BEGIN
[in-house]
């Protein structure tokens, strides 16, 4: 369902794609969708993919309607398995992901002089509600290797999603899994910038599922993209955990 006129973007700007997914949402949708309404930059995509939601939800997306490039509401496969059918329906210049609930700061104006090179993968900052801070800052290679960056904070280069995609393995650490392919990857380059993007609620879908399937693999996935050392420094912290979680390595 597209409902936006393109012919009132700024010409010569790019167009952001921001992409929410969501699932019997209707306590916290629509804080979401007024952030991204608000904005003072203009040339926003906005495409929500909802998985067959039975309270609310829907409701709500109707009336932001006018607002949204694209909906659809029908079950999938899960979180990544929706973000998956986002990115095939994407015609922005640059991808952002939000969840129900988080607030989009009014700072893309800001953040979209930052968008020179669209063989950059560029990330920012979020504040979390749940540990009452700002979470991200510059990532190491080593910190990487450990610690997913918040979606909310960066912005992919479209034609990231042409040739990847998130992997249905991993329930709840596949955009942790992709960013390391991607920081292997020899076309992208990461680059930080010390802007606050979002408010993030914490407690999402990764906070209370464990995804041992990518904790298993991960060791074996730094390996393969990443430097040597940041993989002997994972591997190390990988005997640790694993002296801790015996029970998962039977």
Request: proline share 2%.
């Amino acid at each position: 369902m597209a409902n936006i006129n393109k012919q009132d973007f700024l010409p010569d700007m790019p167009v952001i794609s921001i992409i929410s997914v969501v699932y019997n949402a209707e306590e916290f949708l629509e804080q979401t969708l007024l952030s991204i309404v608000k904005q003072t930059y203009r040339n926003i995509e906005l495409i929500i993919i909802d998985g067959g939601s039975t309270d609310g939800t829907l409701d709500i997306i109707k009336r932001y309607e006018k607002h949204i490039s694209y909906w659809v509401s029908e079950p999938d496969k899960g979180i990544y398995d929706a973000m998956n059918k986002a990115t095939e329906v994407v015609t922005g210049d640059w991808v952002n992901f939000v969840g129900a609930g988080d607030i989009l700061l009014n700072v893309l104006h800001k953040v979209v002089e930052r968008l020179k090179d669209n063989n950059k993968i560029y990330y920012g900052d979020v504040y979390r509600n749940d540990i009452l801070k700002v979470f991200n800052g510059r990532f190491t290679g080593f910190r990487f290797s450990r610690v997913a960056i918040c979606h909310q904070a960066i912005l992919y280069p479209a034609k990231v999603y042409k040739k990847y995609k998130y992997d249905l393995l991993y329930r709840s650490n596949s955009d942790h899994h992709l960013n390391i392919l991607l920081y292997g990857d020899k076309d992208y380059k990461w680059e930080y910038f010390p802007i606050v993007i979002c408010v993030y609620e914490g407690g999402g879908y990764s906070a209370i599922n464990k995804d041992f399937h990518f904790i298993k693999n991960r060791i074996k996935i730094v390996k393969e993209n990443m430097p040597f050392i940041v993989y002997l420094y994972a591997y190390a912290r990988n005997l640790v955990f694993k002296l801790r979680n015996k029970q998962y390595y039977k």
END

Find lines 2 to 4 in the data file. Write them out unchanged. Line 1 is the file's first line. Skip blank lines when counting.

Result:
């Protein structure tokens, strides 16, 4: 369902794609969708993919309607398995992901002089509600290797999603899994910038599922993209955990 006129973007700007997914949402949708309404930059995509939601939800997306490039509401496969059918329906210049609930700061104006090179993968900052801070800052290679960056904070280069995609393995650490392919990857380059993007609620879908399937693999996935050392420094912290979680390595 597209409902936006393109012919009132700024010409010569790019167009952001921001992409929410969501699932019997209707306590916290629509804080979401007024952030991204608000904005003072203009040339926003906005495409929500909802998985067959039975309270609310829907409701709500109707009336932001006018607002949204694209909906659809029908079950999938899960979180990544929706973000998956986002990115095939994407015609922005640059991808952002939000969840129900988080607030989009009014700072893309800001953040979209930052968008020179669209063989950059560029990330920012979020504040979390749940540990009452700002979470991200510059990532190491080593910190990487450990610690997913918040979606909310960066912005992919479209034609990231042409040739990847998130992997249905991993329930709840596949955009942790992709960013390391991607920081292997020899076309992208990461680059930080010390802007606050979002408010993030914490407690999402990764906070209370464990995804041992990518904790298993991960060791074996730094390996393969990443430097040597940041993989002997994972591997190390990988005997640790694993002296801790015996029970998962039977």
Request: proline share 2%.
């Amino acid at each position: 369902m597209a409902n936006i006129n393109k012919q009132d973007f700024l010409p010569d700007m790019p167009v952001i794609s921001i992409i929410s997914v969501v699932y019997n949402a209707e306590e916290f949708l629509e804080q979401t969708l007024l952030s991204i309404v608000k904005q003072t930059y203009r040339n926003i995509e906005l495409i929500i993919i909802d998985g067959g939601s039975t309270d609310g939800t829907l409701d709500i997306i109707k009336r932001y309607e006018k607002h949204i490039s694209y909906w659809v509401s029908e079950p999938d496969k899960g979180i990544y398995d929706a973000m998956n059918k986002a990115t095939e329906v994407v015609t922005g210049d640059w991808v952002n992901f939000v969840g129900a609930g988080d607030i989009l700061l009014n700072v893309l104006h800001k953040v979209v002089e930052r968008l020179k090179d669209n063989n950059k993968i560029y990330y920012g900052d979020v504040y979390r509600n749940d540990i009452l801070k700002v979470f991200n800052g510059r990532f190491t290679g080593f910190r990487f290797s450990r610690v997913a960056i918040c979606h909310q904070a960066i912005l992919y280069p479209a034609k990231v999603y042409k040739k990847y995609k998130y992997d249905l393995l991993y329930r709840s650490n596949s955009d942790h899994h992709l960013n390391i392919l991607l920081y292997g990857d020899k076309d992208y380059k990461w680059e930080y910038f010390p802007i606050v993007i979002c408010v993030y609620e914490g407690g999402g879908y990764s906070a209370i599922n464990k995804d041992f399937h990518f904790i298993k693999n991960r060791i074996k996935i730094v390996k393969e993209n990443m430097p040597f050392i940041v993989y002997l420094y994972a591997y190390a912290r990988n005997l640790v955990f694993k002296l801790r979680n015996k029970q998962y390595y039977k």